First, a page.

Two Scots, understood to be children, have been hospitalised with botulism after eating from a jar of curry sauce.
The Food Standards Agency has warned the public not to consume jars of the Loyd Grossman korma sauce as it may pose a risk of botulism poisoning.
A batch of the sauce was being removed from shop shelves on Sunday evening.
In a statement, the agency said: "Only one jar from the batch is known to have been contaminated with the bacteria Clostridium botulinum, which causes botulism, but the agency is advising people not to eat products from this batch as a precautionary measure.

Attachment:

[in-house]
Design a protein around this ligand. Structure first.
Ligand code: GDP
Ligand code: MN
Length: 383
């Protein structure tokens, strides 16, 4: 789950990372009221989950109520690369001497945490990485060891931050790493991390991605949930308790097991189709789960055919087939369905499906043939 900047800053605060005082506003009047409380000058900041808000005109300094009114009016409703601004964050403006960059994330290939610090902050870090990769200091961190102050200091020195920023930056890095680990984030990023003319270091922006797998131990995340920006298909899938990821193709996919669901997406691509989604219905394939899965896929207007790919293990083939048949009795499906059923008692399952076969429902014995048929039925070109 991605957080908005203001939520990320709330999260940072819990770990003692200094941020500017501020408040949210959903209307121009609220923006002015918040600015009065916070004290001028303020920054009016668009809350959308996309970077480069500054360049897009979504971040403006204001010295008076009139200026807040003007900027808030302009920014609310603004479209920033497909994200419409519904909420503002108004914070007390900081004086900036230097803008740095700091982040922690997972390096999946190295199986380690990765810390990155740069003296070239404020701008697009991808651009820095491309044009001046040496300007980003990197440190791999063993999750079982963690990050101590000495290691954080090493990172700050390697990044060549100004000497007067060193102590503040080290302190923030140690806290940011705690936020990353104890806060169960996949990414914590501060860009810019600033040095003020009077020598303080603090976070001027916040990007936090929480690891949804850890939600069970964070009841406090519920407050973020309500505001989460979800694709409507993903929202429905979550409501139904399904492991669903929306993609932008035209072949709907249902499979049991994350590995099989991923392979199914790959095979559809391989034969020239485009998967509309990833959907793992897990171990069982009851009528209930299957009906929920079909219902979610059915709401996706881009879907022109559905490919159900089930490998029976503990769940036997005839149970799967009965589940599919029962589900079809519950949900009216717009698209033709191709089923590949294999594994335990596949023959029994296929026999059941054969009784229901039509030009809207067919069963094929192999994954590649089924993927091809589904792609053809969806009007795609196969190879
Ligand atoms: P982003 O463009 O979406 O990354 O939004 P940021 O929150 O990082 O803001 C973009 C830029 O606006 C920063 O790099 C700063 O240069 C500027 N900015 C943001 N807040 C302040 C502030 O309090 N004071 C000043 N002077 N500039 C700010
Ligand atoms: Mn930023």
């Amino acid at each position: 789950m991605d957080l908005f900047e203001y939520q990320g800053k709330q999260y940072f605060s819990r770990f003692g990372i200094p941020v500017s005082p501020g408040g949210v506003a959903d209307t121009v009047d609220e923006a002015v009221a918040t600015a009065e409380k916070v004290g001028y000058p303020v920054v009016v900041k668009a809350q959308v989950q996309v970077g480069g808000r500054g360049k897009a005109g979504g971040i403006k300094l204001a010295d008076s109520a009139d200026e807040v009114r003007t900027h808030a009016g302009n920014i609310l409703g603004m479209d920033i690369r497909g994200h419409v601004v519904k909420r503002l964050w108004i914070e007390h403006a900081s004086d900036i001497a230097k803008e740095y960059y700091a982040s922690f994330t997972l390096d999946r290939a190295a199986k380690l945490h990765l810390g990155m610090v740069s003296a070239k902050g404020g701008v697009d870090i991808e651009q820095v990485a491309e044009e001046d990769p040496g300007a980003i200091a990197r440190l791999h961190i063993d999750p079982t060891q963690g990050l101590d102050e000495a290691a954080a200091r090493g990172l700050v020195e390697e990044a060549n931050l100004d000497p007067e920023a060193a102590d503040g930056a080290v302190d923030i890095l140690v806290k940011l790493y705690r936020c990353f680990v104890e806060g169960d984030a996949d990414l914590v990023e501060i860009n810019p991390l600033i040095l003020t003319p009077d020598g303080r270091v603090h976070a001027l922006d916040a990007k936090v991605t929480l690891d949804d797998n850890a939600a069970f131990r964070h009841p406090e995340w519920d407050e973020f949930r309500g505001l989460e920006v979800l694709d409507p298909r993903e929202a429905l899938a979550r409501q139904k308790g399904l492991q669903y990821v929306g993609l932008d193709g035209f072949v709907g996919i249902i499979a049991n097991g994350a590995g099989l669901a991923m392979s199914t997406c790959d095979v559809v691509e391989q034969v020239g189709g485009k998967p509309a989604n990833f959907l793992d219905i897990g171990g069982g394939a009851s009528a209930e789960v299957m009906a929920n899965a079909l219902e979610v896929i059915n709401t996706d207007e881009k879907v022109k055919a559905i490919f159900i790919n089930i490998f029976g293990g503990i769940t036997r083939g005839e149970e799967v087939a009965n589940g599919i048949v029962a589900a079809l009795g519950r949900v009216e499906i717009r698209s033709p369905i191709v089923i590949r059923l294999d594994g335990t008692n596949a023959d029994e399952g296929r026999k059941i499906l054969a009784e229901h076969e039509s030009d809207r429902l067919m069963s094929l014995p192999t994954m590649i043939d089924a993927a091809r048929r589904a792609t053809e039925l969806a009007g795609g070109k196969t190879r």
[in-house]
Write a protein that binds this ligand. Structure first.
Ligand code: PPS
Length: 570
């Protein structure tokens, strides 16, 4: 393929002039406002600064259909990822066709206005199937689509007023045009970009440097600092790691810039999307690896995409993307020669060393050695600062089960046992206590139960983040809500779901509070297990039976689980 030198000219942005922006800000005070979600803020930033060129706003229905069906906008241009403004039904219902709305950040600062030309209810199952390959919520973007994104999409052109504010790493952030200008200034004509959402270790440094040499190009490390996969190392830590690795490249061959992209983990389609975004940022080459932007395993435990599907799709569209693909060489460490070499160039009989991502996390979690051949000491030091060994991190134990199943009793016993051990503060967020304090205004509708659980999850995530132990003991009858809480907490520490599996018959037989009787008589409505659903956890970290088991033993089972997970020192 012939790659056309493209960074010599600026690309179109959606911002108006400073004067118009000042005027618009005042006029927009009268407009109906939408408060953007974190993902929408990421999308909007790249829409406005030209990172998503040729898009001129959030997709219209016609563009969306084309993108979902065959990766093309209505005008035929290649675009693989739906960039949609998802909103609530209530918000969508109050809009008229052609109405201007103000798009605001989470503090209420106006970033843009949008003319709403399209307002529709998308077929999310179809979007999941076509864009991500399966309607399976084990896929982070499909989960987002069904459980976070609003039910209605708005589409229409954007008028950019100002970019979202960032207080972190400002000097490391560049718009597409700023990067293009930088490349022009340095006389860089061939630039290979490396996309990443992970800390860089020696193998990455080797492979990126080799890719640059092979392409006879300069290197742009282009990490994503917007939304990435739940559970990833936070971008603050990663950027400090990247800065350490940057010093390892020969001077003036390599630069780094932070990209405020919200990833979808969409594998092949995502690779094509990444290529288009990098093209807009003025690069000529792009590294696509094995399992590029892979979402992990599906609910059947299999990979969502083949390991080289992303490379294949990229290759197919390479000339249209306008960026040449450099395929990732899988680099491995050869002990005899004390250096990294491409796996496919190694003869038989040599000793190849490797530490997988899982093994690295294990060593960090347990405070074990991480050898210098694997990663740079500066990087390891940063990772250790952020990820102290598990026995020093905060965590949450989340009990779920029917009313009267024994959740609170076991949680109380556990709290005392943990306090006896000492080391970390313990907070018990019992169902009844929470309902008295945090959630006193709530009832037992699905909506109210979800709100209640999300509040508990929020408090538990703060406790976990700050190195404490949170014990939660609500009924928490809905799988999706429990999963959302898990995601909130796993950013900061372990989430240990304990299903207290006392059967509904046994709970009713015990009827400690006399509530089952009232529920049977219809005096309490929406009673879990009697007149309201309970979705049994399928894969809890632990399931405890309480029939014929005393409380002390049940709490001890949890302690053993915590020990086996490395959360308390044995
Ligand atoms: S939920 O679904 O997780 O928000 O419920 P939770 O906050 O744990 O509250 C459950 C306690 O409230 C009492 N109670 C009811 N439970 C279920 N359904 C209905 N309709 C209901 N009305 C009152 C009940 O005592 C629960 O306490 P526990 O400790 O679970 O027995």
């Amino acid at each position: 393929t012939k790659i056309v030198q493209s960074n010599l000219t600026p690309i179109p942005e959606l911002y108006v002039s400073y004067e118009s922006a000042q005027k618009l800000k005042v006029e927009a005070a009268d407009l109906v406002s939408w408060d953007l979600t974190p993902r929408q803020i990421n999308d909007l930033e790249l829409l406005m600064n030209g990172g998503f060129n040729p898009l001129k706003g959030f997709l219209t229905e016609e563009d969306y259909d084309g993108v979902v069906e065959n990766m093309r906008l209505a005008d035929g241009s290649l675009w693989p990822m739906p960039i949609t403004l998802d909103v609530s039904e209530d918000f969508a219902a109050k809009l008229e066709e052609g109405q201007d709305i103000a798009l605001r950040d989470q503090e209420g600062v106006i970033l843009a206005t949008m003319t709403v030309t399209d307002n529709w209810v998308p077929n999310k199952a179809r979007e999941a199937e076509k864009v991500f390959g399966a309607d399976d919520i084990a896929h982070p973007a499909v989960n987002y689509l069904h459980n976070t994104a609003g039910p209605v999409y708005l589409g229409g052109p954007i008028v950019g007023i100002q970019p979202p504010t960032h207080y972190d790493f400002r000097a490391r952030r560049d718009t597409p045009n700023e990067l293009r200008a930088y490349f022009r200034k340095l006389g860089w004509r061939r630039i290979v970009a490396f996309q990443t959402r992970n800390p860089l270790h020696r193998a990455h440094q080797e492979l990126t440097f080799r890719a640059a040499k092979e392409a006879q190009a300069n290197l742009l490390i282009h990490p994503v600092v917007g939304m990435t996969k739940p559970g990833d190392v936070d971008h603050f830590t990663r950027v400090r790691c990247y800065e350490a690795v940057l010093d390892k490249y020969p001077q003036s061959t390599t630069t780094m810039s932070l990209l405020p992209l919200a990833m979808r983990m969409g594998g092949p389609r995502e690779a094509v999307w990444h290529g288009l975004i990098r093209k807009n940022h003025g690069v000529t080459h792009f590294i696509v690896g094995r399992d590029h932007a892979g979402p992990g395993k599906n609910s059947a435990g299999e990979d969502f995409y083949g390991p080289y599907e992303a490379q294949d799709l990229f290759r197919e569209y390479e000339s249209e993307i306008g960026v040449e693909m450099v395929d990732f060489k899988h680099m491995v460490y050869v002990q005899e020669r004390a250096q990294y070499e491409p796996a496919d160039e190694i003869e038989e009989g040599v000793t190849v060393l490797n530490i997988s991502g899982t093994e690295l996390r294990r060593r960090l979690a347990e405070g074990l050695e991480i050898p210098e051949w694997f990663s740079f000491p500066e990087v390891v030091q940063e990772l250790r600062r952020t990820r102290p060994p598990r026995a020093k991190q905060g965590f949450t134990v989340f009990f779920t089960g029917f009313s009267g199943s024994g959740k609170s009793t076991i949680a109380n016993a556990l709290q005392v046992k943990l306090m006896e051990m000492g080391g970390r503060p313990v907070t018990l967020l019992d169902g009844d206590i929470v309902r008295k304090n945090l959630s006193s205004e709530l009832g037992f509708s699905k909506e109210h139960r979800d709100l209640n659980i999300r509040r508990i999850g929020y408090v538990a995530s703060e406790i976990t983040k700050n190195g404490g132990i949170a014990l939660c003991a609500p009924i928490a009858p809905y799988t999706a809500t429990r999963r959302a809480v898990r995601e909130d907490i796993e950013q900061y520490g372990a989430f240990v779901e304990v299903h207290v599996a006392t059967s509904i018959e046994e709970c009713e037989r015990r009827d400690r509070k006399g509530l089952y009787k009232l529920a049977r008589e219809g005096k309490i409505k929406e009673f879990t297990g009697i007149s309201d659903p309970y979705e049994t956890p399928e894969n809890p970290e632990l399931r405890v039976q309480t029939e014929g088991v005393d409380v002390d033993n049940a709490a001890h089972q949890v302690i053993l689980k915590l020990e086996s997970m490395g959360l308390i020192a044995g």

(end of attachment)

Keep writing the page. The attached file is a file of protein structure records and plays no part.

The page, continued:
"Two members of the same family who have contracted botulism and have eaten from a jar of this batch of sauce have been hospitalised in Scotland."
The recalled 350g jars have a best before date of February 2013 and bear the batch code 1218R 07:21.
The Health Protection Agency said preliminary tests had identified the toxin that causes botulism from the used jar. It has notified health professionals of the situation and has advised them to look out for people of all ages with possible symptoms.
Botulism is caused by a toxin produced by the bacterium Clostridium botulinum, which attacks the nervous system.
An antitoxin, which is very effective in treating botulism, has been given to both patients – they are understood to be children.